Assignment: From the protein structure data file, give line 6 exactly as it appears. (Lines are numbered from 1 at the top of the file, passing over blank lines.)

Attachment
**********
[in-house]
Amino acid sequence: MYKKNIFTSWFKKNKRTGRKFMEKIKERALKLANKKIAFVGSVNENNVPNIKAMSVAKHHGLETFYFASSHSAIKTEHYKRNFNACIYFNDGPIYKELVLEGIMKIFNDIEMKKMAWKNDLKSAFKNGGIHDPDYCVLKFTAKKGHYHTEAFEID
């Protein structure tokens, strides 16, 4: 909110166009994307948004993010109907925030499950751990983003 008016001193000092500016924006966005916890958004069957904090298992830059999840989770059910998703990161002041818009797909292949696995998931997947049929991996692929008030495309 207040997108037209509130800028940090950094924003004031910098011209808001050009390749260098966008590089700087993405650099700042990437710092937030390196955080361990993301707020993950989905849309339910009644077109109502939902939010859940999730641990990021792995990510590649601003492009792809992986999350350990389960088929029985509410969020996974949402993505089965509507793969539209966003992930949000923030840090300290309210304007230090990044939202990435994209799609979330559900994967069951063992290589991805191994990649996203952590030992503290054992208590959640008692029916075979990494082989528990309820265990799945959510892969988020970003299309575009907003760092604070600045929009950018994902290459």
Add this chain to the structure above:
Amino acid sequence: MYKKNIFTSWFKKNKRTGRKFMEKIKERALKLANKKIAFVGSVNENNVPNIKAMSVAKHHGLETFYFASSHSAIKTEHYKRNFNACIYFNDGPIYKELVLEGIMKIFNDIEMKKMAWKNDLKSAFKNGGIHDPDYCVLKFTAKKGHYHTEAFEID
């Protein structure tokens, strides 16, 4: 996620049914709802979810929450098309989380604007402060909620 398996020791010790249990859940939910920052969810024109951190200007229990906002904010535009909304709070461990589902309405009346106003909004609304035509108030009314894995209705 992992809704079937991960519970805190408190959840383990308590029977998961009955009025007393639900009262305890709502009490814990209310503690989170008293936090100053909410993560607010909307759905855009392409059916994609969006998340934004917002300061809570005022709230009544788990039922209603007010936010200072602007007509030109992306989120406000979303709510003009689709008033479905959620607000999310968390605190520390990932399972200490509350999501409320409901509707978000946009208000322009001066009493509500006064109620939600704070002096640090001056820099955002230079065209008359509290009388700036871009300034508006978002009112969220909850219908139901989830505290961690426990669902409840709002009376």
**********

């Protein structure tokens, strides 16, 4: 996620049914709802979810929450098309989380604007402060909620 398996020791010790249990859940939910920052969810024109951190200007229990906002904010535009909304709070461990589902309405009346106003909004609304035509108030009314894995209705 992992809704079937991960519970805190408190959840383990308590029977998961009955009025007393639900009262305890709502009490814990209310503690989170008293936090100053909410993560607010909307759905855009392409059916994609969006998340934004917002300061809570005022709230009544788990039922209603007010936010200072602007007509030109992306989120406000979303709510003009689709008033479905959620607000999310968390605190520390990932399972200490509350999501409320409901509707978000946009208000322009001066009493509500006064109620939600704070002096640090001056820099955002230079065209008359509290009388700036871009300034508006978002009112969220909850219908139901989830505290961690426990669902409840709002009376």